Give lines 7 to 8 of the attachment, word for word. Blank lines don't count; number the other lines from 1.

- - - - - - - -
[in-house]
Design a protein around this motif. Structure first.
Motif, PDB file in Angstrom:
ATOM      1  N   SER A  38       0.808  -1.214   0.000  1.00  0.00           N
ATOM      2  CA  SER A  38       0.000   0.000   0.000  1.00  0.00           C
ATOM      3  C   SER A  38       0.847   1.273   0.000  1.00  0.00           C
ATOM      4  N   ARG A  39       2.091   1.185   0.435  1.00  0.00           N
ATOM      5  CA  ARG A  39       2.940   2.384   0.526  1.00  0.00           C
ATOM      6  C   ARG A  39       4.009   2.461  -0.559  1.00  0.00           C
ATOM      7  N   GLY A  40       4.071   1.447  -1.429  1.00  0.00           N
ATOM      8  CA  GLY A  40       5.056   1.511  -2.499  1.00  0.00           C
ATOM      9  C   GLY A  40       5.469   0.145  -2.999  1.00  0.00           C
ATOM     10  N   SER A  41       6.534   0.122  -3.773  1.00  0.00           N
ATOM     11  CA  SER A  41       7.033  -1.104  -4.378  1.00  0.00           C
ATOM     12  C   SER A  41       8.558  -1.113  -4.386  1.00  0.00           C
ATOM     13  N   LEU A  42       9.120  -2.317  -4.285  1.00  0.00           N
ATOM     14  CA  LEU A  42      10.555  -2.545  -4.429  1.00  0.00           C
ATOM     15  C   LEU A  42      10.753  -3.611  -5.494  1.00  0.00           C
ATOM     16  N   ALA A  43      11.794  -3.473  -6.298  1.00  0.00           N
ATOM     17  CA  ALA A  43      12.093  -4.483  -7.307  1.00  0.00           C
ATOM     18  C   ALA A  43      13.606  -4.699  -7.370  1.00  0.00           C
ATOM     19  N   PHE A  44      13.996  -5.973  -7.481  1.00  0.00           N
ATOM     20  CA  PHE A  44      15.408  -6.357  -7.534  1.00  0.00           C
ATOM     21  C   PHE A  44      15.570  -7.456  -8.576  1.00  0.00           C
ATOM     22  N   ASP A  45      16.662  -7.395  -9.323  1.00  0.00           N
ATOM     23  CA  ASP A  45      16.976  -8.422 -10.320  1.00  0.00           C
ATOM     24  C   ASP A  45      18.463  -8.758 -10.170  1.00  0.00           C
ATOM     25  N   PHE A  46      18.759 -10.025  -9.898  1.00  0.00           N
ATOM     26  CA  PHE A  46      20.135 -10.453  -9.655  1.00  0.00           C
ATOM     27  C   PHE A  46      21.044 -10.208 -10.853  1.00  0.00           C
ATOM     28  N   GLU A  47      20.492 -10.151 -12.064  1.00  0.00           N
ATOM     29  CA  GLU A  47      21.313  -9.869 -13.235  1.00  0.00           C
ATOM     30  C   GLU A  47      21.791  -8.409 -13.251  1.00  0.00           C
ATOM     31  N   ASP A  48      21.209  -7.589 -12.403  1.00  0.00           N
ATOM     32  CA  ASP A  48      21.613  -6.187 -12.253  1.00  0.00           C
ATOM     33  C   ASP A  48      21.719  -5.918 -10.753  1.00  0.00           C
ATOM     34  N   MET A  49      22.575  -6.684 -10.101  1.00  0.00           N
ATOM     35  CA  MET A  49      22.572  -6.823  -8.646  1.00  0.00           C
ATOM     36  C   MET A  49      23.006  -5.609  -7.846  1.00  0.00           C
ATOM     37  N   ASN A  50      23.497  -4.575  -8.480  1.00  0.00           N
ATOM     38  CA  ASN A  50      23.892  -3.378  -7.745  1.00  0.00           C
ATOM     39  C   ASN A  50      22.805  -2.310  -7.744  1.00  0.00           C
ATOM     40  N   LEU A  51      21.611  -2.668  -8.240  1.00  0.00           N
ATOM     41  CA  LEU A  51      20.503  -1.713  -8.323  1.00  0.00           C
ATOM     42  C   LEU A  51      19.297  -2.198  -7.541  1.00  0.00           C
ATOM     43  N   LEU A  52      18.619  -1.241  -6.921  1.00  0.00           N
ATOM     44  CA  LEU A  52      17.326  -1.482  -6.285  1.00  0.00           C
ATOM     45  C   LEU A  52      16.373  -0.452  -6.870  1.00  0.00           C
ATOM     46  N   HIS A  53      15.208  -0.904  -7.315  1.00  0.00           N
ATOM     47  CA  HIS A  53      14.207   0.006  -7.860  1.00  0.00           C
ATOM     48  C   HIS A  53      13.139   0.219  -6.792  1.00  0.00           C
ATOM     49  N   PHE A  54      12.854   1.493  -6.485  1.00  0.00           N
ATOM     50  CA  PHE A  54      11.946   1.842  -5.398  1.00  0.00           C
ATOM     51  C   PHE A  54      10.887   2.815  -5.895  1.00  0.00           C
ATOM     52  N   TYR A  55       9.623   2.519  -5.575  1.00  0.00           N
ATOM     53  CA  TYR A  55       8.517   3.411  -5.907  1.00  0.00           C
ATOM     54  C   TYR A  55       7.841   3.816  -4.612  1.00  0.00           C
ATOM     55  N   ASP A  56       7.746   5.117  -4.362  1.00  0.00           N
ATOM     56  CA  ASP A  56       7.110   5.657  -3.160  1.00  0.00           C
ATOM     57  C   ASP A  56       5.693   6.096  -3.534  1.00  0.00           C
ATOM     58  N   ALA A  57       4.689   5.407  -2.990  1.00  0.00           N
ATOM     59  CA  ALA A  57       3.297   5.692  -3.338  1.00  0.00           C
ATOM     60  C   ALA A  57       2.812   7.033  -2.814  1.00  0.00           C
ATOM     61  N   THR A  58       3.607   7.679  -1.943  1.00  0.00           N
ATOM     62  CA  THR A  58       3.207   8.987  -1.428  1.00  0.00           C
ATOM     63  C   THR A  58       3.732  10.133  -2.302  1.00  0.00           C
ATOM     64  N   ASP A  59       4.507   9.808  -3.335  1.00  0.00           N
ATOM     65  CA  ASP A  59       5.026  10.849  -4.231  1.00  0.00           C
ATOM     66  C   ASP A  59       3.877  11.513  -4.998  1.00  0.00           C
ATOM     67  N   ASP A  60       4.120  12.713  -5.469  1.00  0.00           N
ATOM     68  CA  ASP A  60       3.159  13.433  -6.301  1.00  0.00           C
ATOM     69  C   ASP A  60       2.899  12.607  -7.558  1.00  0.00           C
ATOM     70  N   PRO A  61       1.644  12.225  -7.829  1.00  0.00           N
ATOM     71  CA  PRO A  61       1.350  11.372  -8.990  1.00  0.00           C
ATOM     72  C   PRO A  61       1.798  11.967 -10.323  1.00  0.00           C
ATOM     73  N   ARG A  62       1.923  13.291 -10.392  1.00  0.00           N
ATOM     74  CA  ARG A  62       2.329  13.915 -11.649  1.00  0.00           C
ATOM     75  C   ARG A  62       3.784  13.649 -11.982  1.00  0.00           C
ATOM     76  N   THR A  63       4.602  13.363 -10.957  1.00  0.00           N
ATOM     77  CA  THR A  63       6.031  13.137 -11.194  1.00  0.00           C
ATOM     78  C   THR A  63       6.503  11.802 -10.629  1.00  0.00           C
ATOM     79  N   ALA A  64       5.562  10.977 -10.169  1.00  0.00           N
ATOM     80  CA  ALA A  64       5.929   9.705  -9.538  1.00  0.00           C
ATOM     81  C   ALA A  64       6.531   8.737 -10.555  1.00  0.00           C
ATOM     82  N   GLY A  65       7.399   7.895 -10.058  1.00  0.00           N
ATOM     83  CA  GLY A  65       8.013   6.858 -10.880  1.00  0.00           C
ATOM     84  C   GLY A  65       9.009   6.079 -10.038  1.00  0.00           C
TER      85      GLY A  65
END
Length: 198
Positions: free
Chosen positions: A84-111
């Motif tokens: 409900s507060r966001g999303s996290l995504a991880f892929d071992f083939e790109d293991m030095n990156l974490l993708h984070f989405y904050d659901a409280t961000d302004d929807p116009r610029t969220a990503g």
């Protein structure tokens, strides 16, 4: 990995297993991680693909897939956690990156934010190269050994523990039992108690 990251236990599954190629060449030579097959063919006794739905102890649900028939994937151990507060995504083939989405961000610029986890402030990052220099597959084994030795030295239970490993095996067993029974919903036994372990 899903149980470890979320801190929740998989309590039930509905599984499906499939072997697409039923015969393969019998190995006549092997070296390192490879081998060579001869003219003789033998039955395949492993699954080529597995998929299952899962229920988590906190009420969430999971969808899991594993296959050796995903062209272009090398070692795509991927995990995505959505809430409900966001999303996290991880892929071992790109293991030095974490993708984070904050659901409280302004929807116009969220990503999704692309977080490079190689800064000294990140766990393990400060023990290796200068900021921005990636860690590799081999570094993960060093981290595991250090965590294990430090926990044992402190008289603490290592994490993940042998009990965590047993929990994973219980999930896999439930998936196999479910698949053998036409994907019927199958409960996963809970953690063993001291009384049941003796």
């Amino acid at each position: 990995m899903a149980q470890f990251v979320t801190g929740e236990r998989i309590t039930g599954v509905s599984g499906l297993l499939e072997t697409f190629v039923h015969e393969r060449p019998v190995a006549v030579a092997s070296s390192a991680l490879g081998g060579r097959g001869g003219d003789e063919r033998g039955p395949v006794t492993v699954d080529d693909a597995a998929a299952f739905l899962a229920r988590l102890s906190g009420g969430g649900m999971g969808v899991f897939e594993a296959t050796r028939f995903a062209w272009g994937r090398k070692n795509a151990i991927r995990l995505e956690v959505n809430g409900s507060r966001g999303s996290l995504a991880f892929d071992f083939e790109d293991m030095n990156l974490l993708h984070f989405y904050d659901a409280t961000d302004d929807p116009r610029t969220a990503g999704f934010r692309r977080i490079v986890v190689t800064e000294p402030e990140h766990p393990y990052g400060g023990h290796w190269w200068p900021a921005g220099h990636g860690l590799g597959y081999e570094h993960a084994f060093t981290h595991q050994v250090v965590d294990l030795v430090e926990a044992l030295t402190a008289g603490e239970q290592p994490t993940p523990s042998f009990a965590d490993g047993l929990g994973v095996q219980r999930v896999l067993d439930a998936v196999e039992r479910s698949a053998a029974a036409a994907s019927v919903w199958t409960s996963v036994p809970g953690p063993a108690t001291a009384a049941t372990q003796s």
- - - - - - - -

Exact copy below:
ATOM      4  N   ARG A  39       2.091   1.185   0.435  1.00  0.00           N
ATOM      5  CA  ARG A  39       2.940   2.384   0.526  1.00  0.00           C